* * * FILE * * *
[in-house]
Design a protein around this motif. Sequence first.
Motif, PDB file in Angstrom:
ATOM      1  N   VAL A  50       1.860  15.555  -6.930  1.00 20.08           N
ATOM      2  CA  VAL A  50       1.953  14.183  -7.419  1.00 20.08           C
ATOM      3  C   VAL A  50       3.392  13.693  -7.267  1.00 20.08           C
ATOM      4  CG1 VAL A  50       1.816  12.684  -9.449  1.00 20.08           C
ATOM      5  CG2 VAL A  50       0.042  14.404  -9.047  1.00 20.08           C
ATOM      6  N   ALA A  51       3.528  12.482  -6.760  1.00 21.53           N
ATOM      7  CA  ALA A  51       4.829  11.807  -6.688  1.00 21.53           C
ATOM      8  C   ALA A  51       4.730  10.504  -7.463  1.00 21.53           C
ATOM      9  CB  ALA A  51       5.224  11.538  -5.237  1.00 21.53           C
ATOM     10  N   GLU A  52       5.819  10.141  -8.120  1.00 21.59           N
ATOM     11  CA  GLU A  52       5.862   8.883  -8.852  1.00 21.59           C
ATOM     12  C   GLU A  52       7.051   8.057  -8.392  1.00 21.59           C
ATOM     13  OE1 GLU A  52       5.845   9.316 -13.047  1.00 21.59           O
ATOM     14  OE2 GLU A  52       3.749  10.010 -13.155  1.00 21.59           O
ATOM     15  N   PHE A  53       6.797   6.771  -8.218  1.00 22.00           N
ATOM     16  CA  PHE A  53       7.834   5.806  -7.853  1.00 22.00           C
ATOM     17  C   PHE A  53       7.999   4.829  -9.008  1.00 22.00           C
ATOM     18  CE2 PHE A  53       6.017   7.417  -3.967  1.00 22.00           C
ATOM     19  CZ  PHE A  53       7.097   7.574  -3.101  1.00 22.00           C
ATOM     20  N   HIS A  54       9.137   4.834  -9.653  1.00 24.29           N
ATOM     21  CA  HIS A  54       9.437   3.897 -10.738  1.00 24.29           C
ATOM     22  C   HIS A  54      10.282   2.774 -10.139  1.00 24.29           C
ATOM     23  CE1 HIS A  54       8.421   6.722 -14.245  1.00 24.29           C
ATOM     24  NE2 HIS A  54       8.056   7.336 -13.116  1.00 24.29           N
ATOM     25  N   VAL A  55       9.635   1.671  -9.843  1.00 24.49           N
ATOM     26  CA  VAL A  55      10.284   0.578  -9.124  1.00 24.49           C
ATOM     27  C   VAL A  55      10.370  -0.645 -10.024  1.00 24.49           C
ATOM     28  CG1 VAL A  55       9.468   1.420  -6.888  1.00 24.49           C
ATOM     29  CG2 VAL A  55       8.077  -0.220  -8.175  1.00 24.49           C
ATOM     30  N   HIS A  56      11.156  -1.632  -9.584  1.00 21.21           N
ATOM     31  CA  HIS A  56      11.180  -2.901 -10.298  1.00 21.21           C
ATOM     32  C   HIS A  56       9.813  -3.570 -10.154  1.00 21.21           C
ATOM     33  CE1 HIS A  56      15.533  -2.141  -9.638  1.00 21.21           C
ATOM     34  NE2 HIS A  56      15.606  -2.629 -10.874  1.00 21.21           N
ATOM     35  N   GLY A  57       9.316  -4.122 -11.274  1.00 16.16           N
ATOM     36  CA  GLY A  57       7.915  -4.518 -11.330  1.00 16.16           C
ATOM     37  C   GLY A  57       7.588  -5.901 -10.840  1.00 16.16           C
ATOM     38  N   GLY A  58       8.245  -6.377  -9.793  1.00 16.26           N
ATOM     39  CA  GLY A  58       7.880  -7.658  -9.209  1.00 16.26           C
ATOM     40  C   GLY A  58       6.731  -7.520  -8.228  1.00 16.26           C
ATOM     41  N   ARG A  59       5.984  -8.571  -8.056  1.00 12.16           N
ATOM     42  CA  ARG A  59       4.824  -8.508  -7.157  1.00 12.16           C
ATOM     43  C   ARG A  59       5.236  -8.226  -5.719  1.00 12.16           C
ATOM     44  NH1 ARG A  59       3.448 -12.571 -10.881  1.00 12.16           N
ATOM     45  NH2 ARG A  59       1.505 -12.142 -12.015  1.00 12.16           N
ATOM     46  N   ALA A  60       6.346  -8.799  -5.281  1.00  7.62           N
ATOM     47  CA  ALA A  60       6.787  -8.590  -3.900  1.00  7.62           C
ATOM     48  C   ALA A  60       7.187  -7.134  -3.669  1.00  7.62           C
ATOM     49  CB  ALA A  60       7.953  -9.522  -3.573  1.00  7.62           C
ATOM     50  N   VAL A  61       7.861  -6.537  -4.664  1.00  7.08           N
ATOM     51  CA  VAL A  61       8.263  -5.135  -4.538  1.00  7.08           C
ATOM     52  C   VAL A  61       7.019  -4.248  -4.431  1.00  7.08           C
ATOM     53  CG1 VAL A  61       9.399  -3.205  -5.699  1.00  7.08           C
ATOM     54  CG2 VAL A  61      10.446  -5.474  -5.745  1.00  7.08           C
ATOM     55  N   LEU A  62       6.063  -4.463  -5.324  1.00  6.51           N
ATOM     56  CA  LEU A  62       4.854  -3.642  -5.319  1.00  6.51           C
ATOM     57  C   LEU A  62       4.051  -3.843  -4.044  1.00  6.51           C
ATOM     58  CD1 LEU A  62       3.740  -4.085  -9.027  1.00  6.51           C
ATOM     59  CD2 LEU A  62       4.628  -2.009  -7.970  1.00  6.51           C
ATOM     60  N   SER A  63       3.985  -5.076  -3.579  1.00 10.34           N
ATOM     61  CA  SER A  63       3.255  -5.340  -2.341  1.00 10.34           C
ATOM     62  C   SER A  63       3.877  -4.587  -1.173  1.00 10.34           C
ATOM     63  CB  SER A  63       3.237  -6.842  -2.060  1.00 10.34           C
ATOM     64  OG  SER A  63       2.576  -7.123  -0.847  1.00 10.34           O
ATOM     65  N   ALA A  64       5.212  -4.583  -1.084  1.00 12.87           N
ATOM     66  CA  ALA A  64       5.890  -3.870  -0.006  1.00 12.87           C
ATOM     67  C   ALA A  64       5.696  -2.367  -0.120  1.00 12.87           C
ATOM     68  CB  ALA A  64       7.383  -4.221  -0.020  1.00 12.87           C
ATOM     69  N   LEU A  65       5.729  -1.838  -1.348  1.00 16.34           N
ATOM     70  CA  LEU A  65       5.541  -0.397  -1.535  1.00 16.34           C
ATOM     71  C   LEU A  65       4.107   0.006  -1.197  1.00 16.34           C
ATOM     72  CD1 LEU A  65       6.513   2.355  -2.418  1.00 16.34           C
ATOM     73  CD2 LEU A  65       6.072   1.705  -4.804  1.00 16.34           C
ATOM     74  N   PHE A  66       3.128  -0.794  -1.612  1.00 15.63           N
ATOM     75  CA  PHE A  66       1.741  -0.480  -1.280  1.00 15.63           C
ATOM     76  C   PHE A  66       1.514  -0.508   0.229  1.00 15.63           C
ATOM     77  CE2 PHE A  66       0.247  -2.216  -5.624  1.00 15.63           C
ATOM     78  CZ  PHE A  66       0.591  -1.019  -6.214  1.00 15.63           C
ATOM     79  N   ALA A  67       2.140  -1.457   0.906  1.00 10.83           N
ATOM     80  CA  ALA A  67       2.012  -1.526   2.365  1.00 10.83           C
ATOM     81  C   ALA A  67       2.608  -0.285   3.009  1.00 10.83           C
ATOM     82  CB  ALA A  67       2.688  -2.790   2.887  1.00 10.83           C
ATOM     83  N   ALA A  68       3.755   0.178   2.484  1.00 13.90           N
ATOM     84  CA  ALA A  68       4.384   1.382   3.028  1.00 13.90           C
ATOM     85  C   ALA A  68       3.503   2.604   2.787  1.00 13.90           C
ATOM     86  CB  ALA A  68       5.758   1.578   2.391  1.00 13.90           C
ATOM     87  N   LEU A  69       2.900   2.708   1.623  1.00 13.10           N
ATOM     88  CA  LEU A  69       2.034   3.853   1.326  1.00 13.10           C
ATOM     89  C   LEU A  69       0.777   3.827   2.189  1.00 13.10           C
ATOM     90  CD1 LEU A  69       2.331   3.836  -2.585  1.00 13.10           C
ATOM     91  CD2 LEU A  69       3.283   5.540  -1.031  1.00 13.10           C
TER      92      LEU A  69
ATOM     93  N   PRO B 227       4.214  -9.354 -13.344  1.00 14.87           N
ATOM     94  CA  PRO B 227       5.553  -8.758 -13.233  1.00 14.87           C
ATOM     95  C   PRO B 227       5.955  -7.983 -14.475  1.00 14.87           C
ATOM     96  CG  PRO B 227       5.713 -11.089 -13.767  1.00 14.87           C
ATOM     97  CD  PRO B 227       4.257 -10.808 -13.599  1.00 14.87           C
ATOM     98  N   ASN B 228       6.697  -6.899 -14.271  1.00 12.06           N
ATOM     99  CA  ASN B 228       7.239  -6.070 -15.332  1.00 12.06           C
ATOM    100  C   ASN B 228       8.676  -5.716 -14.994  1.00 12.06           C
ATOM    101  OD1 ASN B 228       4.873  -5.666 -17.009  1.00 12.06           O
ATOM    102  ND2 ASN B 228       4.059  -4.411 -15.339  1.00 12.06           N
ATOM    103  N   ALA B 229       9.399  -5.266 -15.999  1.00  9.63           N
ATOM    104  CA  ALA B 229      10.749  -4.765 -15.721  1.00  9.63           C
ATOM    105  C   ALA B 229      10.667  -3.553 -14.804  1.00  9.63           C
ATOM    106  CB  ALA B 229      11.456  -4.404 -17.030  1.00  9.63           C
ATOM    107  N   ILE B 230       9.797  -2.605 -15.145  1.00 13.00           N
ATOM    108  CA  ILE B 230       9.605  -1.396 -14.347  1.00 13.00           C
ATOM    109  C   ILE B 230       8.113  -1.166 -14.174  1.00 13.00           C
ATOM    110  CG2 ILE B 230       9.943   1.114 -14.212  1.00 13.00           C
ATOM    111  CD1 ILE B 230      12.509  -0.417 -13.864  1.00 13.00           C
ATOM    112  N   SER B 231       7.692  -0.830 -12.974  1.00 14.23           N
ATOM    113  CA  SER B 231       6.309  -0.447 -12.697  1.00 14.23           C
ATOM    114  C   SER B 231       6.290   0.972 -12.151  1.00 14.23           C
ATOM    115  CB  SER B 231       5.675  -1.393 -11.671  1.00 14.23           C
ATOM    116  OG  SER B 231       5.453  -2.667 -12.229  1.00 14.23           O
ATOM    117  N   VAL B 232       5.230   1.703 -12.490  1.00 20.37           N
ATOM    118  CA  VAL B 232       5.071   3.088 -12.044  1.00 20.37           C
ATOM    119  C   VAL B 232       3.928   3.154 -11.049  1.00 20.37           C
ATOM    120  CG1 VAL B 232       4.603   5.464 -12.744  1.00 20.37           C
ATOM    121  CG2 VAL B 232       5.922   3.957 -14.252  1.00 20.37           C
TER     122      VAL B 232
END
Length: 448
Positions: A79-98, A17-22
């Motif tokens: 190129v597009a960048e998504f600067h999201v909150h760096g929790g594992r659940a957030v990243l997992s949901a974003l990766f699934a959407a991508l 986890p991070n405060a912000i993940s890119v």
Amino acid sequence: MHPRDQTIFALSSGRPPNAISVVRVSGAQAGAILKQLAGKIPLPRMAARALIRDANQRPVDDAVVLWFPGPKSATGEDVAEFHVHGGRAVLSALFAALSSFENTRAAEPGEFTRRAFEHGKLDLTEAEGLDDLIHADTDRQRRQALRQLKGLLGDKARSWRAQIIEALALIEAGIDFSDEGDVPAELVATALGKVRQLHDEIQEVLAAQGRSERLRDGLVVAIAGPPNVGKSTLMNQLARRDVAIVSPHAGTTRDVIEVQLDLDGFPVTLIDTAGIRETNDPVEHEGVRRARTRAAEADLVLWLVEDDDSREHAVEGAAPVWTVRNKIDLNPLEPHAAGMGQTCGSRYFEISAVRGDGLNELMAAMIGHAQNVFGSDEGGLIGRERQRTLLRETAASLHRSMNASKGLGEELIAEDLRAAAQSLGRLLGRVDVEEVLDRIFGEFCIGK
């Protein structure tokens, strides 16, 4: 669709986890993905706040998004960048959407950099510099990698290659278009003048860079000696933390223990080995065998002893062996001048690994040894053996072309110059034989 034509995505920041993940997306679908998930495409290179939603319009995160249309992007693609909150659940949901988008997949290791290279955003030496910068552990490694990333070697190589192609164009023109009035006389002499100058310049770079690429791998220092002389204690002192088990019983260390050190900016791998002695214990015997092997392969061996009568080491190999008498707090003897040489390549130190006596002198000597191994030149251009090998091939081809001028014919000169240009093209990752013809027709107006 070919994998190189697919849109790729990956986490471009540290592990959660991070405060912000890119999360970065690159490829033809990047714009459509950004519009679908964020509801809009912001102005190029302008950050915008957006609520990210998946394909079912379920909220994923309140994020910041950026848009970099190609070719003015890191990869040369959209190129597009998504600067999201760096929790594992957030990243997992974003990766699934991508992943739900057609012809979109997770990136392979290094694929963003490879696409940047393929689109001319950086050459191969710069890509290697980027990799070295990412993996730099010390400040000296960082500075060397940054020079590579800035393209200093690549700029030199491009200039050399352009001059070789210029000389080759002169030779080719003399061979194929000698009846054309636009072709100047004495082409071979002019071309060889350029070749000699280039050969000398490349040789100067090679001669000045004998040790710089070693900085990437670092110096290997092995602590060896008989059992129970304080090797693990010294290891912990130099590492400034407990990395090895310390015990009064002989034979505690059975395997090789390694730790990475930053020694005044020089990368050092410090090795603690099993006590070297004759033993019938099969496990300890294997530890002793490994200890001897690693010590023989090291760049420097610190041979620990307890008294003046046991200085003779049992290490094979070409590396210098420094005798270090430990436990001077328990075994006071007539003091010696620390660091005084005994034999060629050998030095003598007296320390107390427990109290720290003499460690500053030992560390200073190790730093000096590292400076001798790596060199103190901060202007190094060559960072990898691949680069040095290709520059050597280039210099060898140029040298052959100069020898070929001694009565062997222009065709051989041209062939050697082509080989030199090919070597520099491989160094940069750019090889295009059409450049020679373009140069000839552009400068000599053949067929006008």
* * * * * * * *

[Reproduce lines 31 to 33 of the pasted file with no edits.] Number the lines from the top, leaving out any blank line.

ATOM     28  CG1 VAL A  55       9.468   1.420  -6.888  1.00 24.49           C
ATOM     29  CG2 VAL A  55       8.077  -0.220  -8.175  1.00 24.49           C
ATOM     30  N   HIS A  56      11.156  -1.632  -9.584  1.00 21.21           N